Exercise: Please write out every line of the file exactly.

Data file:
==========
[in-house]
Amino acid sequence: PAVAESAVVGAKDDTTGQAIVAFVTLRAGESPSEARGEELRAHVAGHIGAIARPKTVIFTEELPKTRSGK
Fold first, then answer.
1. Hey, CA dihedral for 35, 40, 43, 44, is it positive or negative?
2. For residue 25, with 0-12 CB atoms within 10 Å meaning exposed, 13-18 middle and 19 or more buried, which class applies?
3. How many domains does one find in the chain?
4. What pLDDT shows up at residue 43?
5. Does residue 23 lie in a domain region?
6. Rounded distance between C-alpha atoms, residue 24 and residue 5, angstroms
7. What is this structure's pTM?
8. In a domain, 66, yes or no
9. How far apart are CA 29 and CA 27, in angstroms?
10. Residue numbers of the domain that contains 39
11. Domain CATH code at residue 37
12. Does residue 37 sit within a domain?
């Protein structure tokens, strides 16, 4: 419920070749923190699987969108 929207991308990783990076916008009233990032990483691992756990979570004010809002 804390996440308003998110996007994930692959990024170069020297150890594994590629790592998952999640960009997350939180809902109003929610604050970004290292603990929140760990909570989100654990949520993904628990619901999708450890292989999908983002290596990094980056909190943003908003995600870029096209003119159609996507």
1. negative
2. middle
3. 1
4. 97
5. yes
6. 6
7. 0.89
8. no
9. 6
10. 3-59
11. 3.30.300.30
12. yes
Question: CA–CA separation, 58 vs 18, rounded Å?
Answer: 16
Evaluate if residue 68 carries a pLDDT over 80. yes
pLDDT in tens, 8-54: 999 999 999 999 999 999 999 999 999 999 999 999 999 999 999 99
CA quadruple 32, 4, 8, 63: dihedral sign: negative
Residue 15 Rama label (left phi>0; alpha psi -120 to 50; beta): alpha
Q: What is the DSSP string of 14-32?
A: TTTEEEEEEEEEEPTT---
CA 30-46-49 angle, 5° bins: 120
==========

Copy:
[in-house]
Amino acid sequence: PAVAESAVVGAKDDTTGQAIVAFVTLRAGESPSEARGEELRAHVAGHIGAIARPKTVIFTEELPKTRSGK
Fold first, then answer.
1. Hey, CA dihedral for 35, 40, 43, 44, is it positive or negative?
2. For residue 25, with 0-12 CB atoms within 10 Å meaning exposed, 13-18 middle and 19 or more buried, which class applies?
3. How many domains does one find in the chain?
4. What pLDDT shows up at residue 43?
5. Does residue 23 lie in a domain region?
6. Rounded distance between C-alpha atoms, residue 24 and residue 5, angstroms
7. What is this structure's pTM?
8. In a domain, 66, yes or no
9. How far apart are CA 29 and CA 27, in angstroms?
10. Residue numbers of the domain that contains 39
11. Domain CATH code at residue 37
12. Does residue 37 sit within a domain?
């Protein structure tokens, strides 16, 4: 419920070749923190699987969108 929207991308990783990076916008009233990032990483691992756990979570004010809002 804390996440308003998110996007994930692959990024170069020297150890594994590629790592998952999640960009997350939180809902109003929610604050970004290292603990929140760990909570989100654990949520993904628990619901999708450890292989999908983002290596990094980056909190943003908003995600870029096209003119159609996507």
1. negative
2. middle
3. 1
4. 97
5. yes
6. 6
7. 0.89
8. no
9. 6
10. 3-59
11. 3.30.300.30
12. yes
Question: CA–CA separation, 58 vs 18, rounded Å?
Answer: 16
Evaluate if residue 68 carries a pLDDT over 80. yes
pLDDT in tens, 8-54: 999 999 999 999 999 999 999 999 999 999 999 999 999 999 999 99
CA quadruple 32, 4, 8, 63: dihedral sign: negative
Residue 15 Rama label (left phi>0; alpha psi -120 to 50; beta): alpha
Q: What is the DSSP string of 14-32?
A: TTTEEEEEEEEEEPTT---
CA 30-46-49 angle, 5° bins: 120